In Quentin Tarantino's film Reservoir Dogs, Mr Pink gets away with the diamonds. His co-conspirators are left bloodied and dying.
When he was starting out as a hedge fund manager in the 1990s, Daniel Seth Loeb used to stalk investing chatrooms and message boards with an online persona: Mr Pink.
Mr Loeb has always evaded questions on the nom de plume, but it stuck as a nickname. And he appears to be living up to it.
This week the 51-year-old, now one of Wall Street's most successful investors, scooped up a $500 million windfall for his clients in a bond buyback deal with the Greek government.
Dozens of hedge funds have been burnt trying to play the eurozone crisis but Mr Loeb's Third Point is not one of them.
The trade in Greek government bonds, which saw a handful of canny investors double their money, has been the single most successful hedge fund bet in two years – a period during which most hedge fund managers have struggled to navigate rocky markets, grinding out meagre returns.
Beset by nervous clients, hedge funds have thrown off the kind of high-stakes, directional betting that once made the industry famous. These days, George Soros would not be able to convince his risk manager to place the $1bn bet against sterling that saw him "break the Bank of England" on Black Wednesday in 1992.
Where managers have been willing to be audacious, they have been stung. John Paulson, the man who shorted the US housing market in 2007 and made billions doing so, has lost hundreds of millions this year shorting German bonds.
Betting on Greece has been a rare exception. Those who put their chips on Athens came out winners.
"In retrospect, it seems so obvious," says Hans Humes, the founder of Greylock Capital, one of the very first hedge funds to invest in Greek bonds. "But we were mocked at the time. I got trashed in June when I said it was exactly the time to buy Greek bonds . . . I was out there saying that Greece was a no brainer. But people are wired to be scared."
Greylock's clients have gained a 30 per cent return on their capital this year – six times what the average hedge fund has made.
Third Point came in later, though its trade was even larger.
For those familiar with Mr Loeb's style, it came as little surprise. Like most hedge fund managers, Mr Loeb lost money in 2008 but Greece has restored his reputation, built over two decades, for big, bold bets.
Mr Loeb first sprang to prominence with acid critiques of corporate boards and executives in publicly published letters. Among his put-downs of choice: CEOs as CVDs (chief value destroyers); hereditary shareholders as members of "The Lucky Sperm Club"; and supine board members as country-club frequenting "socialites". He gained further notoriety this year by staging a coup against the chief executive of Yahoo, whom he accused of embellishing his curriculum vitae.
Although Mr Loeb has dominated headlines, Third Point was far from alone in its interest in Greece. A group of 15 other hedge fund analysts visited Athens on September 20 – part of a whirlwind two-day roadshow organised by the London brokerage Exotix.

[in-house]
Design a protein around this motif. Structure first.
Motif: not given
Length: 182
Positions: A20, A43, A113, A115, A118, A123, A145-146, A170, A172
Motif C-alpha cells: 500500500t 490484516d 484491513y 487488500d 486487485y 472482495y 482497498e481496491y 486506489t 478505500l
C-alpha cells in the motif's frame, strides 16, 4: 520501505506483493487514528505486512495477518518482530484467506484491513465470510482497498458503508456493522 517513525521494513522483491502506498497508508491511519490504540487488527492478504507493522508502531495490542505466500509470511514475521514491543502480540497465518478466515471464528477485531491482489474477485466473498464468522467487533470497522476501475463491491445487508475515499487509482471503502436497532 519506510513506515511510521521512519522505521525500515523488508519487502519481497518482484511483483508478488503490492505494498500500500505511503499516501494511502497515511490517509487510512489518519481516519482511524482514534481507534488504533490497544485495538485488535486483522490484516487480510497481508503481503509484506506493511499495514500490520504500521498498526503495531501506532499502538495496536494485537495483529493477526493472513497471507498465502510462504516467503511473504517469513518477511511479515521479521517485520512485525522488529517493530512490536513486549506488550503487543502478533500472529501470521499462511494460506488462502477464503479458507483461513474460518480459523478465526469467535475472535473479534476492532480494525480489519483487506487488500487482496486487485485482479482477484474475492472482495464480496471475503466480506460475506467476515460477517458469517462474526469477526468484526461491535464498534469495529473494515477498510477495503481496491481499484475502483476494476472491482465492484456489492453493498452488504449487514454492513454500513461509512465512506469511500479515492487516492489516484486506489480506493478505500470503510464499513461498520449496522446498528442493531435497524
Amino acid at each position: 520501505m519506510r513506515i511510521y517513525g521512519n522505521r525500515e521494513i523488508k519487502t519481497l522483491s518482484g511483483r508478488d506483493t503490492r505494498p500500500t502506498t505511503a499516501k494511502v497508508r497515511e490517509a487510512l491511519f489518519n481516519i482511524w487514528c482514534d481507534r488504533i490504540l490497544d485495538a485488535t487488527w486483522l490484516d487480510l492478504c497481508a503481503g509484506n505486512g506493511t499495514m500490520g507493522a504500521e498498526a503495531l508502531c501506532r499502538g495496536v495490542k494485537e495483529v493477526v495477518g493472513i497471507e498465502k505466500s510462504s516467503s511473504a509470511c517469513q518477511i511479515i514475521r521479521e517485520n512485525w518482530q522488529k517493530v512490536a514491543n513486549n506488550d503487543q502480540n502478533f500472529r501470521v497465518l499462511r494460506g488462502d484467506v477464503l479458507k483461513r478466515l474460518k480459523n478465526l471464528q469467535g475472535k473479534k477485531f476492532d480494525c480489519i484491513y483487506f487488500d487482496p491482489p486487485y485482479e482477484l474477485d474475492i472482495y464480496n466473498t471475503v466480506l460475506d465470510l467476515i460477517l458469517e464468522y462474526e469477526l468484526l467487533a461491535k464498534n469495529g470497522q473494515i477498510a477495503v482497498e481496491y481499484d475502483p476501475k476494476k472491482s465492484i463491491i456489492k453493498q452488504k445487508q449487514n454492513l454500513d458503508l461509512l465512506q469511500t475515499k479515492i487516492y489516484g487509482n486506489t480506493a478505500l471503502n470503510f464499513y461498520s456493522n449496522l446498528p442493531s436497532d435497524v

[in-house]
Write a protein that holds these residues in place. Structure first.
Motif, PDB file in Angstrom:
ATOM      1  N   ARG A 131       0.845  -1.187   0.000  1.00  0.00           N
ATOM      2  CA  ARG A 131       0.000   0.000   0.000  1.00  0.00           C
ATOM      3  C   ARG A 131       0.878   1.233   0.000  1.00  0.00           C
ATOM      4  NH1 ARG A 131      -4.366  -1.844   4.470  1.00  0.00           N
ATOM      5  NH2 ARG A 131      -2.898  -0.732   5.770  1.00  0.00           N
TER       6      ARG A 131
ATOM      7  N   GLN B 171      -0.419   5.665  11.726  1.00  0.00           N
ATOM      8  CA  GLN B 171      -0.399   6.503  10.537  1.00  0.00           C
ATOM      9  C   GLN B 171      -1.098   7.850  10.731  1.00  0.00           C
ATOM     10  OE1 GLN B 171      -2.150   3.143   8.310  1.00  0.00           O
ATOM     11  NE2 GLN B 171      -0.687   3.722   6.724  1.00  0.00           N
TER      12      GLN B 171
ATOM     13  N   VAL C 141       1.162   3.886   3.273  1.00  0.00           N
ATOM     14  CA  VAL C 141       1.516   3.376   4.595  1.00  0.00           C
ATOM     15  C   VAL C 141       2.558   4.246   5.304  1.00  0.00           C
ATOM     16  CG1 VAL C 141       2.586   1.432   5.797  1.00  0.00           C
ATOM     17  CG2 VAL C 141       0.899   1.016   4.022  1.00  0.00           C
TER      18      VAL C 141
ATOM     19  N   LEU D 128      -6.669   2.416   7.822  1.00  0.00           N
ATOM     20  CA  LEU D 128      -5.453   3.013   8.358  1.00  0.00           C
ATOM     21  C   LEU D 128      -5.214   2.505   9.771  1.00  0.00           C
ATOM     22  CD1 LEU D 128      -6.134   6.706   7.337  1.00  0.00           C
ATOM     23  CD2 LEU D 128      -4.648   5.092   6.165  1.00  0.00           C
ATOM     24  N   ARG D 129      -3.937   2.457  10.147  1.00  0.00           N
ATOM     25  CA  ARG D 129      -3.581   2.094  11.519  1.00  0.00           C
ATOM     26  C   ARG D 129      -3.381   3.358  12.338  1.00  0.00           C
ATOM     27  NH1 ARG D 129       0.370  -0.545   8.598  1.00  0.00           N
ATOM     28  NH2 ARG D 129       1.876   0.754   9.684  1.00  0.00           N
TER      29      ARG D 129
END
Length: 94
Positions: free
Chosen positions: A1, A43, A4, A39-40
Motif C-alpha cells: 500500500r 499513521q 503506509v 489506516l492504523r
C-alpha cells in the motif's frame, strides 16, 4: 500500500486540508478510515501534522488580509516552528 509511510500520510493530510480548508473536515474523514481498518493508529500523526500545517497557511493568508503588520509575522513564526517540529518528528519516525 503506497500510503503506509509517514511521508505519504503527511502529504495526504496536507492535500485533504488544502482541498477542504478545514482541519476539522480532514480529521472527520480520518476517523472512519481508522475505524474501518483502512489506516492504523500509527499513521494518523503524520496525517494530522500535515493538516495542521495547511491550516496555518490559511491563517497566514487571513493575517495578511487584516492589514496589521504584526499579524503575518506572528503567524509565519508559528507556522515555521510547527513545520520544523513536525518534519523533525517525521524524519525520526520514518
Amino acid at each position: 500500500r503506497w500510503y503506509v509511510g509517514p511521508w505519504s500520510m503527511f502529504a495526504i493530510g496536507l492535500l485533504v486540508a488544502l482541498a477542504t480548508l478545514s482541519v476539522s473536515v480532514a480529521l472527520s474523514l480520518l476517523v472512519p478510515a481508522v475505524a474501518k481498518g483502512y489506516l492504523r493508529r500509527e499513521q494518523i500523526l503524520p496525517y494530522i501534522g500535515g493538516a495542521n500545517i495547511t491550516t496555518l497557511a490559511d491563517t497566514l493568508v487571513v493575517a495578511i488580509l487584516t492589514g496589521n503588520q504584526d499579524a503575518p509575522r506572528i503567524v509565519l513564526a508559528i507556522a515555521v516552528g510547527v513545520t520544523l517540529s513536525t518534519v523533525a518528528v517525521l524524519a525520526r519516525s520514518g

They did not receive the most auspicious welcome: a 24-hour strike had paralysed public transport and cars choked the streets of Athens. In Syntagma Square, metro workers were protesting at spending cuts, holding aloft a scaffold with an effigy swinging from a noose.
On their agenda: meetings with some of Greece's biggest corporations, the debt management agency and leading people in the government, including two of the cabinet's most powerful figures: Kostis Hatzidakis, the minister of development, and Christos Staikouras, the deputy finance minister.
After those meetings, many of the analysts returned to the trading floors of London and New York with a contrarian conclusion: Greece – a virtual pariah state, victim of a huge and continuing drain of international capital – was a major investment opportunity.
Truth be told, in the late summer, Athens' ministries and banks were frantic with the comings and goings of hedge fund managers.
The rightwing coalition government's policy has been to give high-level access to investors of all kinds, including hedge funds, for the first time – a marked change from the previous government, where many traders were demonised as evil speculators.
Third Point had been among the earliest funds to visit Athens, beginning its hunt for Greek bonds in July and August.
The firm had been carefully eyeing Greece for some time but analysts were intrigued by how low the bonds were trading after their restructuring in March.
Amid concerns of a Greek exit from the eurozone, prices for the new "strip" of bonds – a basket of securities with mixed maturities investors had received in exchange for their old bonds in the restructuring – had continued to sink.
It seemed absurd. "I have never seen a sovereign debt restructuring situation where the new debt trades lower than the old debt," says Julian Adams, CEO of emerging market hedge fund Adelante Asset Management, which also made big profits from the bonds. "It will go down in restructuring history as being an absolutely extreme occurrence."